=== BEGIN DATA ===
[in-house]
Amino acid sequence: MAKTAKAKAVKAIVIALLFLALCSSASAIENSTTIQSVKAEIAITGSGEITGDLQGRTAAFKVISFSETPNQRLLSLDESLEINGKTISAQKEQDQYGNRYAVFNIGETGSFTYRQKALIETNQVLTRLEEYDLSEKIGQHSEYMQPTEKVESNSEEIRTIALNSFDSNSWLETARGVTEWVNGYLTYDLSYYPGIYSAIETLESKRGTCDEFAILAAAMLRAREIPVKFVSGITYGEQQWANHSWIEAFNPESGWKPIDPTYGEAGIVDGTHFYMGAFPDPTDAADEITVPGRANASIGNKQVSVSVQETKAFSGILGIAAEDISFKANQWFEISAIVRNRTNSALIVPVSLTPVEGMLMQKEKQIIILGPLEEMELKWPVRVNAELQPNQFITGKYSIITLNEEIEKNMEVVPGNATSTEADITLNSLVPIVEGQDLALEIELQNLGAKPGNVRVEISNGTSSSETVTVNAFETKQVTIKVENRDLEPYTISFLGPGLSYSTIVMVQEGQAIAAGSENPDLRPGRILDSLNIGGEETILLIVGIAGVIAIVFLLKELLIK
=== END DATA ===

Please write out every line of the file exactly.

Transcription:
[in-house]
Amino acid sequence: MAKTAKAKAVKAIVIALLFLALCSSASAIENSTTIQSVKAEIAITGSGEITGDLQGRTAAFKVISFSETPNQRLLSLDESLEINGKTISAQKEQDQYGNRYAVFNIGETGSFTYRQKALIETNQVLTRLEEYDLSEKIGQHSEYMQPTEKVESNSEEIRTIALNSFDSNSWLETARGVTEWVNGYLTYDLSYYPGIYSAIETLESKRGTCDEFAILAAAMLRAREIPVKFVSGITYGEQQWANHSWIEAFNPESGWKPIDPTYGEAGIVDGTHFYMGAFPDPTDAADEITVPGRANASIGNKQVSVSVQETKAFSGILGIAAEDISFKANQWFEISAIVRNRTNSALIVPVSLTPVEGMLMQKEKQIIILGPLEEMELKWPVRVNAELQPNQFITGKYSIITLNEEIEKNMEVVPGNATSTEADITLNSLVPIVEGQDLALEIELQNLGAKPGNVRVEISNGTSSSETVTVNAFETKQVTIKVENRDLEPYTISFLGPGLSYSTIVMVQEGQAIAAGSENPDLRPGRILDSLNIGGEETILLIVGIAGVIAIVFLLKELLIK